Third, how the worker’s relative investment compares to the employer’s. In a typical employer-employee relationship, the employer will provide the worker with most, if not all, of the necessary supplies, equipment and other requirements for doing the job. In contrast, an independent contractor in business for him or herself typically invests in his or her own supplies and equipment. Simply making minor investments—for example, in specific tools necessary for the job—does not indicate that the worker is an independent contractor, however. The investments must be significant relative to the investment of the employer and expose to the worker to loss should the business underperform. The fact that Uber and Lyft drivers bring their own vehicle may seem like a substantial investment. In reality, that is not likely enough to suggest they are independent contractors. By some reports, Uber and Lyft have invested billions in their businesses’ phone apps, websites, advertising and other business aspects. Moreover, the fact that the drivers’ vehicles are typically their personal vehicles significantly undercuts the impact of the investment. Plus Uber has partnered with a number of auto dealers to offer reduced purchase prices and leasing contracts to its drivers.
Fourth, whether the work performed requires special skill and initiative. When talking about special skill and initiative, courts are not referring to technical knowledge. Rather they are referring to special business skills and initiative. This includes decisions relating to the way the order in which tasks are performed, how the business is advertised, how clients are dealt with and how payment is accepted. Drivers for Uber and Lyft have little—if any—say in any of these decisions.
Fifth, whether the relationship between the worker and employer is permanent or indefinite. A permanent or indefinite relationship is suggestive of an employer-employee relationship. Independent contractors, by their nature, are more likely to sign on with an employer for a specific time, purpose, or project. When drivers sign on with Uber or Lyft, they typically do so for an indefinite period. However, drivers may drive for both services and may refuse to take fares for whatever reason and whenever they want. There may be some degree of permanence or indefiniteness, but the freedom to come and go—and go to a competitor—undercuts it.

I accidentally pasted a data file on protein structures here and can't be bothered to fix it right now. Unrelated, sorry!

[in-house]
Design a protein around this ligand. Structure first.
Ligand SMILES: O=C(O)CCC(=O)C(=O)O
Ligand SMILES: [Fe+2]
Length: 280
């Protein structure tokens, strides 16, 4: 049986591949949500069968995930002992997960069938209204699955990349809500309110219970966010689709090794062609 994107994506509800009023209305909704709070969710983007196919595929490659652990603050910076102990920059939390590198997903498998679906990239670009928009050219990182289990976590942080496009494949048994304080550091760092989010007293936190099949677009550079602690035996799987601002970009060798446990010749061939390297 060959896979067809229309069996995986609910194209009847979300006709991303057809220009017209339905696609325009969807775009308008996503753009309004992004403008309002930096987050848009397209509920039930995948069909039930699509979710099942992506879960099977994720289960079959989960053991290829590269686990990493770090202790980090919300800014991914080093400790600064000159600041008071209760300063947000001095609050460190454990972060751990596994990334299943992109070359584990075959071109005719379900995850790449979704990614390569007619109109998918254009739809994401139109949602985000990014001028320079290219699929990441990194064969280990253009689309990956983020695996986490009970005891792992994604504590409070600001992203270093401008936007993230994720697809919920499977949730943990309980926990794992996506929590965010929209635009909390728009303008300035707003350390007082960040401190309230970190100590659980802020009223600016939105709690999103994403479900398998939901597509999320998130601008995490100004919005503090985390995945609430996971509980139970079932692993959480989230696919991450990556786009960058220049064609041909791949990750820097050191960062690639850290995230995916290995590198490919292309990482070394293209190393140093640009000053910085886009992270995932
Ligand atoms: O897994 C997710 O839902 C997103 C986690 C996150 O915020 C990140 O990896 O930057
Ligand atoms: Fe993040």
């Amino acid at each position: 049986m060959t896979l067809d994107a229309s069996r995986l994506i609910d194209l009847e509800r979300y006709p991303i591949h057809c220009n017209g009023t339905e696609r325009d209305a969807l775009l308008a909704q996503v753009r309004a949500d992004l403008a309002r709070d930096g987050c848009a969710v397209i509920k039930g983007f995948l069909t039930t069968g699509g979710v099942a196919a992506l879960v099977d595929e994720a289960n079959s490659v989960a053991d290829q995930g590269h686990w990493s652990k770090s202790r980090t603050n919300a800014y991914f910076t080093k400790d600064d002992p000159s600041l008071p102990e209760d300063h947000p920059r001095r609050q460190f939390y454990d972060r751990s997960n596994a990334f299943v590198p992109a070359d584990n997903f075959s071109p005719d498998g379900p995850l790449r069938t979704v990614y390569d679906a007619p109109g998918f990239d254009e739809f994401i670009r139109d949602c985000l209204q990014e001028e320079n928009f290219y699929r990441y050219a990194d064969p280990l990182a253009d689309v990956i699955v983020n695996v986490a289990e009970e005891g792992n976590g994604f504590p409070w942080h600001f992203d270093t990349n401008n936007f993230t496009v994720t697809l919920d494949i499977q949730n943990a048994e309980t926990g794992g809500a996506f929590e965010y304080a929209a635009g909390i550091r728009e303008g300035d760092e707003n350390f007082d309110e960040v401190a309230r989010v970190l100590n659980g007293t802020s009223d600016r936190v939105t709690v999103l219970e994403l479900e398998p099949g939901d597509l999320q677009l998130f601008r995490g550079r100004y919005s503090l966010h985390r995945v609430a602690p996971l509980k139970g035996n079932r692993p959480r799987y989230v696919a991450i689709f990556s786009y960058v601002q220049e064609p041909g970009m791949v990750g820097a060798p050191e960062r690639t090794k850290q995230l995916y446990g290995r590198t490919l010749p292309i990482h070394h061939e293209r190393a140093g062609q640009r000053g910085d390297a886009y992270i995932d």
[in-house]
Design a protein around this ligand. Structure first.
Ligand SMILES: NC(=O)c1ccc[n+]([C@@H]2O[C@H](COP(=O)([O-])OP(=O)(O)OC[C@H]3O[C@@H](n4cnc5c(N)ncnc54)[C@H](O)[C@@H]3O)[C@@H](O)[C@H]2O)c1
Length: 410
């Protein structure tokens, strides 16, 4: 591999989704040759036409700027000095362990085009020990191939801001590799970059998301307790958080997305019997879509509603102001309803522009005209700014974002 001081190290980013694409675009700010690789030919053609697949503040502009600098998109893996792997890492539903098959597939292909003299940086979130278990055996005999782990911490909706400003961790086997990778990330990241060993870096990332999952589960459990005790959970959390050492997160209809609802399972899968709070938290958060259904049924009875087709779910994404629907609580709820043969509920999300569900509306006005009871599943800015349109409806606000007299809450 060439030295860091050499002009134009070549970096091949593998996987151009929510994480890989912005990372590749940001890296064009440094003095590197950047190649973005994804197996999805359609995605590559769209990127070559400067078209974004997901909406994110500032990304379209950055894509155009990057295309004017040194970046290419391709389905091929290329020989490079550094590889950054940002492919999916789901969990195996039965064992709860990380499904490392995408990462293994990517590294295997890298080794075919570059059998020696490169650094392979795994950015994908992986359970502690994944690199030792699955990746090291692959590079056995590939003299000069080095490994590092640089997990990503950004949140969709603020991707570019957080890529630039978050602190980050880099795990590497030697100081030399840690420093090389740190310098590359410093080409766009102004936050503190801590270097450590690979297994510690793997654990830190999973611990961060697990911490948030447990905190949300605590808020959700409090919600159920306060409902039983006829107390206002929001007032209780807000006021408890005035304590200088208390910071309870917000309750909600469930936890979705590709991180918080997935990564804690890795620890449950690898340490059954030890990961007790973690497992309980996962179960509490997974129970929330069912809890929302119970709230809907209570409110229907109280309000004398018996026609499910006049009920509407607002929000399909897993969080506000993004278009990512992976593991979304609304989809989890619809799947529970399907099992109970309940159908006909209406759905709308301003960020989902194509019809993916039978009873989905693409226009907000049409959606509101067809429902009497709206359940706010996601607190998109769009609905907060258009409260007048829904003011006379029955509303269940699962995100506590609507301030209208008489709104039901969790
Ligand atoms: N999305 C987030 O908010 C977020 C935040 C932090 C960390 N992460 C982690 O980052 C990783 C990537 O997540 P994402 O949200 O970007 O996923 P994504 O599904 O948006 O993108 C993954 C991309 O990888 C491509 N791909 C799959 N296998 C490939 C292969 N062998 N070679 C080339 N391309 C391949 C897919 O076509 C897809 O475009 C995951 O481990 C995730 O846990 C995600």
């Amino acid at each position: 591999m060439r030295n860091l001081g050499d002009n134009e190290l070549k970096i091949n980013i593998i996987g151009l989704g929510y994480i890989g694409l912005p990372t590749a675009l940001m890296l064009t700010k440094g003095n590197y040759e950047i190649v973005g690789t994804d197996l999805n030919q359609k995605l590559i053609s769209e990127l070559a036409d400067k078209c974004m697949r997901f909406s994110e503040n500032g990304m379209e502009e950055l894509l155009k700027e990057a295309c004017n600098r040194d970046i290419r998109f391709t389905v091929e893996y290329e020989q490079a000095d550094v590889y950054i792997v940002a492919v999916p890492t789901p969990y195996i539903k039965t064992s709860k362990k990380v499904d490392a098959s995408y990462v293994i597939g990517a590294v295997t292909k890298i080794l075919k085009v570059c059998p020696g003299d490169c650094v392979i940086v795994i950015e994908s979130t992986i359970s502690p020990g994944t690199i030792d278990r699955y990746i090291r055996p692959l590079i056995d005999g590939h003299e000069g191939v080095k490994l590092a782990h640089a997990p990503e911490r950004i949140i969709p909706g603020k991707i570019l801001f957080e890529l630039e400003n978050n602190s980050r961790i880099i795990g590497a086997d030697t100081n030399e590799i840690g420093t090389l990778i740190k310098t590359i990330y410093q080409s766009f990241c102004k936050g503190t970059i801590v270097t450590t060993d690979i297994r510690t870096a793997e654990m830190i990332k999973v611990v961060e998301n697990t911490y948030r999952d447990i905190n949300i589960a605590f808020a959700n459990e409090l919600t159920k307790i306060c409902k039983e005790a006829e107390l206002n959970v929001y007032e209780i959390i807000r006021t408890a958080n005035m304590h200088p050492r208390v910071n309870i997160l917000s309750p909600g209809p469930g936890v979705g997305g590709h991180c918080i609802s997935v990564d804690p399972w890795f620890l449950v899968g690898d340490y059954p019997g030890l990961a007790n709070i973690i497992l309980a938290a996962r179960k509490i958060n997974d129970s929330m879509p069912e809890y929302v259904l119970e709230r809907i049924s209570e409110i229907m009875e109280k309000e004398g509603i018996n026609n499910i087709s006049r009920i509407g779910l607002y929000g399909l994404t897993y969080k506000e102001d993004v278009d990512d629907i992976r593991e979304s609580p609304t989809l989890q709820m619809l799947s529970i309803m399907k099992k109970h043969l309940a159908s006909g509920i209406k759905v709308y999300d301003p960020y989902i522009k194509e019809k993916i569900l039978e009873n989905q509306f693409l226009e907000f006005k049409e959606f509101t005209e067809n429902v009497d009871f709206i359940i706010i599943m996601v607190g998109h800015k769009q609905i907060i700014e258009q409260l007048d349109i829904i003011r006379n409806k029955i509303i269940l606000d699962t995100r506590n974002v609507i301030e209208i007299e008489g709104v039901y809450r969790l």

Last, but certainly not least, the nature and degree of the employer’s control of the worker has been said to be the predominant factor in determining the nature of such a relationship. To be an independent contractor, the worker must control meaningful aspects of the work performed. The control must be so significant that it is possible to view the worker as running his or her own business. The fact that Uber and Lyft drivers do not work from the businesses’ offices or in business-owned cars is irrelevant—workers can still be employees even if they work from home or offsite. As Clinton indicates in his lawsuit, Uber exerts significant control over the drivers: Uber sets rates, Uber provides the clients, Uber sets the terms and conditions of employment, and Uber even selects the best routes to take. Lyft exerts similar control over its drivers.
While it is true that ride-sharing drivers are free to come and go as they please and to work for multiple services at once, at the end of the day it appears that the “economic realities” test should weigh in favor of them being treated as employees. We will not get our first indication as to whether the courts agree until the trial court issues an order in Clinton Price’s lawsuit, and even then we can expect multiple appeals and multiple future lawsuits.
In the meantime, there are steps you can take to protect yourself if you are a ride-sharing driver. First, make sure you have up-to-date auto insurance, and make sure your insurance will cover you if you are in car accident while driving for Uber or Lyft. Second, make sure you choose your fares carefully—if a client or particular destination seem suspect, exercise caution. Third, and finally, in the unfortunate event you are injured in an accident, be sure to contact an experienced car accident attorney as soon as you can. That way, you can ensure your rights will be protected regardless of whether you are an employee or independent contractor.